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Published: 4/12/2006

Woodmore track work starts

BY ERIKA RAY
BLADE STAFF WRITER
Brenda Orcelletto, owner of M&B Concrete LLC, and Tim Kazmierczak work on a discus pad. Brenda Orcelletto, owner of M&B Concrete LLC, and Tim Kazmierczak work on a discus pad.
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As it sits now, the stone track at Woodmore High School is unmarked, leaving the track team unable to practice passing a baton at the designated exchange zones during relay races.

"It hinders their performance in meets," varsity boys' track coach David Anderson said. The aging track does not allow Woodmore to host any track meets. In fact, he said the varsity girls' track team was disqualified from a relay race at last week's meet with Elmwood because members unknowingly ran out of the exchange zone.

A nonprofit group is hoping to change all of that.

Members of Communities Achieving Goals for Extracurriculars - CAGE - have been working for more than a year to raise money needed to renovate Woodmore's athletic facilities. They finally saw what they've been working toward last week when dirt was turned over to improve the track-and-field facilities.

"We're under way," said CAGE secretary Thomas E. Noe. "We're moving full steam ahead."

During last week's initial construction, he said concrete was poured for the shotput and discus pads near what will be a new, eight-lane, all-weather track with rubber topping that will include long-jump, pole-vault, and high-jump areas.

"We've worked hard for a long, long time and finally being at the point of moving dirt and pouring concrete is a lovely, lovely thing," CAGE president David Nevergall said.

The main construction will take place after track season is over so the team can still practice at home. On May 8, officials will begin excavating the track and installing the new stone base. When the $112,000 project is complete, the school will be able to host meets and the track will be open for the community as well.

Authorities from Re-New Athletic Services of Gibsonburg, Ohio, are managing the project, and the design is being finalized by officials at Poggemeyer Design Group of Bowling Green.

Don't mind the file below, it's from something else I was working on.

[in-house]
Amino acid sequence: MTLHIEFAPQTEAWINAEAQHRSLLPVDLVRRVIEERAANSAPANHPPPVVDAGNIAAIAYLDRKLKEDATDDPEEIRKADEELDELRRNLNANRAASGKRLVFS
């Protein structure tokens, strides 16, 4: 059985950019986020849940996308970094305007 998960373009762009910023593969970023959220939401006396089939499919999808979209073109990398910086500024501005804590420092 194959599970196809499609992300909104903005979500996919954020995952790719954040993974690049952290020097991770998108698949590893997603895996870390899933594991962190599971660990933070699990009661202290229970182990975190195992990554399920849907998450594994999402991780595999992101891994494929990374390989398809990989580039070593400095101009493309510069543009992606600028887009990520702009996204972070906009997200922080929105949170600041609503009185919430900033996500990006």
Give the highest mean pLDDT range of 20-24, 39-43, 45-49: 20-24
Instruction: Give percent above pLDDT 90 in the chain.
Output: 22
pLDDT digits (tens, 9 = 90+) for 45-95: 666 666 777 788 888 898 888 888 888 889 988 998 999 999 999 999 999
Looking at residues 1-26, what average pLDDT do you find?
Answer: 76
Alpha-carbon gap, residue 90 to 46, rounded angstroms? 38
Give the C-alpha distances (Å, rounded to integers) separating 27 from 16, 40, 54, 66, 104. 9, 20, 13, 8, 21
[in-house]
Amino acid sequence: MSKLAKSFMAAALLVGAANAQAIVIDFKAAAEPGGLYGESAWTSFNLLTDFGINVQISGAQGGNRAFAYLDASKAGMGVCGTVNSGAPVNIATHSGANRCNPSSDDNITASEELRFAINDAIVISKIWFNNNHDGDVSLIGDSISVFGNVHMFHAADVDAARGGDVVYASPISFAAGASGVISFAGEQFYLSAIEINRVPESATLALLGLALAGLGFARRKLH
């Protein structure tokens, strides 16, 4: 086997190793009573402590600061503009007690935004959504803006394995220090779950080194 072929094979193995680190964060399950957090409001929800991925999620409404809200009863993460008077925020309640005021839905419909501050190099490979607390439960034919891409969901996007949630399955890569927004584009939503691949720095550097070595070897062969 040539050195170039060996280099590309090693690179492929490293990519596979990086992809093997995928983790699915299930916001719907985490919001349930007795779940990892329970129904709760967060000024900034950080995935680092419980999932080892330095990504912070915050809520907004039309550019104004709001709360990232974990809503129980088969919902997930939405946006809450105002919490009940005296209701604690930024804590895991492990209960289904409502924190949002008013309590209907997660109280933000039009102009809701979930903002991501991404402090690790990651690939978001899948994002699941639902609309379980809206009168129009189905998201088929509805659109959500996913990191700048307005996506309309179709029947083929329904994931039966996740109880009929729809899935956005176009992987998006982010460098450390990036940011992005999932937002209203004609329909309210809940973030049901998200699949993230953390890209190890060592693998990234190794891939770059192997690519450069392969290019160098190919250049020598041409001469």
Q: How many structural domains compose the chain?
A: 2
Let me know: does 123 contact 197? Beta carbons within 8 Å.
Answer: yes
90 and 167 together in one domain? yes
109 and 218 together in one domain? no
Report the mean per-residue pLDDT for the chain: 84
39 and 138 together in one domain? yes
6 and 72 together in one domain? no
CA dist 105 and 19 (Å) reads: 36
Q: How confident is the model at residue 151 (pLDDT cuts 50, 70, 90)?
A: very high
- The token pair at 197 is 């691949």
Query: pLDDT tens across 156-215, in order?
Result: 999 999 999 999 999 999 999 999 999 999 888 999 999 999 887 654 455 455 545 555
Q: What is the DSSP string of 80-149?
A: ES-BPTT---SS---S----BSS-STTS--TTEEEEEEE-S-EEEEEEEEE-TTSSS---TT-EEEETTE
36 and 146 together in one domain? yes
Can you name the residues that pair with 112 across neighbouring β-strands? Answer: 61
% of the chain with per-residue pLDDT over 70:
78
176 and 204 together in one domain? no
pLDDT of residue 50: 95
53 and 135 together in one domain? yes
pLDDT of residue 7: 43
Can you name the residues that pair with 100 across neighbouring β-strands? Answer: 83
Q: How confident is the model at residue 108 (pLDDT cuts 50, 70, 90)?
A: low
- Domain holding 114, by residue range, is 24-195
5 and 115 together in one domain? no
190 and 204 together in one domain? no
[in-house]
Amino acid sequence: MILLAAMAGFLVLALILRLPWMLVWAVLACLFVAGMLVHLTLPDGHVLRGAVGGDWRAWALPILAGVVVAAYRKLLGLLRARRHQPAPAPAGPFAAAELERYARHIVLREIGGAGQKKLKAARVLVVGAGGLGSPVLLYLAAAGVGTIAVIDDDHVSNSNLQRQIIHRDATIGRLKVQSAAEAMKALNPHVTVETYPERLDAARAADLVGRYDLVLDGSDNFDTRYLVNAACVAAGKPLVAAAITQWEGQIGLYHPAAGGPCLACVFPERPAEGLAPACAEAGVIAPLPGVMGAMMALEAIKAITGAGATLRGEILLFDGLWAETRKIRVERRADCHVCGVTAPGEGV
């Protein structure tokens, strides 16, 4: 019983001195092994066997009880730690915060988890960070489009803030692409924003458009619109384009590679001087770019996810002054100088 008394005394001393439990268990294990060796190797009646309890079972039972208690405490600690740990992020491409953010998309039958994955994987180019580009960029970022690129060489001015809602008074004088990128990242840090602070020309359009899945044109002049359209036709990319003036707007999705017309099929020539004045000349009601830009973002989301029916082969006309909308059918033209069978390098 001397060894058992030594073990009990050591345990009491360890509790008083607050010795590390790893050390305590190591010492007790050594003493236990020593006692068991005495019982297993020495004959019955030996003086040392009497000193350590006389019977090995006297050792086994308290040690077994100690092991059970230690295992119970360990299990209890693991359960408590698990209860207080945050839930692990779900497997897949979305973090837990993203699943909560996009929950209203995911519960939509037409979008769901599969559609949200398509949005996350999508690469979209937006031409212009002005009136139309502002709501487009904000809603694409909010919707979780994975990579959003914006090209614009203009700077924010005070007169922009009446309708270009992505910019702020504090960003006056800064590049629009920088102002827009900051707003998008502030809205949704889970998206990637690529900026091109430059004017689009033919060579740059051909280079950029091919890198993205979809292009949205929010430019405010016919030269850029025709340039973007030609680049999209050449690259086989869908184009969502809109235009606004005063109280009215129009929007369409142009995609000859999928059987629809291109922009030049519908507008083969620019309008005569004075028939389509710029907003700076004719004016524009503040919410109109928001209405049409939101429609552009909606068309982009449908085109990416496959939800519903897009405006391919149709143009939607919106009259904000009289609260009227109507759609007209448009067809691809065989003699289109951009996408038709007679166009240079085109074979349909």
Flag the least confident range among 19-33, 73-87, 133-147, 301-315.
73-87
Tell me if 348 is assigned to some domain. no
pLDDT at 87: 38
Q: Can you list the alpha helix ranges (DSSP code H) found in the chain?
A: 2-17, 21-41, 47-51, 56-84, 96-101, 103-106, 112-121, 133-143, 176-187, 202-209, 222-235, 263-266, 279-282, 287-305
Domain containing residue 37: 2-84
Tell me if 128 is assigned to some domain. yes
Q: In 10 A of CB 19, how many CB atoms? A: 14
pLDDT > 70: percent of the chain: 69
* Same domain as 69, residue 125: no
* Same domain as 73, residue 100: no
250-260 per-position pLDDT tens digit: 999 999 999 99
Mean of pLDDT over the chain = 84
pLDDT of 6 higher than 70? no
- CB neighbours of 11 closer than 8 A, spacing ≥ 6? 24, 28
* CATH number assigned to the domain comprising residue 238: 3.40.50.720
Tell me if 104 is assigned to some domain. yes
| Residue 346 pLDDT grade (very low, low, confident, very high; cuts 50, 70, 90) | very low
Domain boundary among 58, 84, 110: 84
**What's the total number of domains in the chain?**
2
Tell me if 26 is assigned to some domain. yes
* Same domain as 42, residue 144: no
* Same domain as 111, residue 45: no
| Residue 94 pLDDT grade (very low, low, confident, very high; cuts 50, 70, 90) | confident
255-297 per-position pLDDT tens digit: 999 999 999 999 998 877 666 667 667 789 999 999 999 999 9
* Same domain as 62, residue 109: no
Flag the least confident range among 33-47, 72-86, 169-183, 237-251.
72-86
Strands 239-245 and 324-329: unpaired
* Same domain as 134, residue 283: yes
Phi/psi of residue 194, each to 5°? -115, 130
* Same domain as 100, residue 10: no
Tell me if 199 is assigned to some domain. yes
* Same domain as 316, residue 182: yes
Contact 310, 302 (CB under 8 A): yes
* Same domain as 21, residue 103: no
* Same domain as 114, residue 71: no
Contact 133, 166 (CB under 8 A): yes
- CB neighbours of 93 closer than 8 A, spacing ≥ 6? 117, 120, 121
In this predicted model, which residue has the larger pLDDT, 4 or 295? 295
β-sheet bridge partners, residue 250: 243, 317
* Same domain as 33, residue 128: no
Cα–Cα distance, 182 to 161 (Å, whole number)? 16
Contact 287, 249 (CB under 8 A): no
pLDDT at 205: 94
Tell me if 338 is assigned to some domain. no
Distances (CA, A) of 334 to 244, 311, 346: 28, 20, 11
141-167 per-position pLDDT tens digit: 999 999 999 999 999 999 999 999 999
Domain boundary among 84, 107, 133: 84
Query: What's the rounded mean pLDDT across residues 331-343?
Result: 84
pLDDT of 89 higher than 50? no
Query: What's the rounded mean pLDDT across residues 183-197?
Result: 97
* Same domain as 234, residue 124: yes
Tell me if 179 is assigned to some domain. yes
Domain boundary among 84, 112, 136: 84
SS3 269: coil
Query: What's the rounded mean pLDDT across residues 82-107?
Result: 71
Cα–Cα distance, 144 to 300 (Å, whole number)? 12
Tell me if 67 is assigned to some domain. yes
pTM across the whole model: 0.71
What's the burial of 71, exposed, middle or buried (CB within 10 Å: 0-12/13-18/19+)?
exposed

CAGE, made up of parents, school officials, and community members, was originally going to start by making improvements to the school's football field but then decided that the track needed more immediate attention.

"The football field is in good shape," Mr. Nevergall said. "It's not crying out for help. The track is the focus of this first phase and that's where we need to put our money and our energies."

Members of the group have secured a line of credit that they have not yet tapped into because fund-raising efforts have continued. To date, the group has managed to raise $80,000 in cash in addition to tens of thousands of dollars in pledge payments.

CAGE attempted to begin renovating the district's athletic facilities in 2001 but couldn't get adequate funding for construction to start.

After a $40,000 pledge from Coca-Cola Co. was secured, about 50 CAGE members regrouped in 2004 to compile new estimates for the projects.

The Woodmore Local Board of Education gave the approval in December, 2004, for CAGE to move ahead with the improvements as long as the group fully funds the project.

While additional phases are contingent upon fund raising or donated materials and labor, plans include adding bleachers and fencing in the stadium and around the track, erecting an entrance building with rest rooms and an open area for eating, building locker-room facilities, and revamping the football practice fields.



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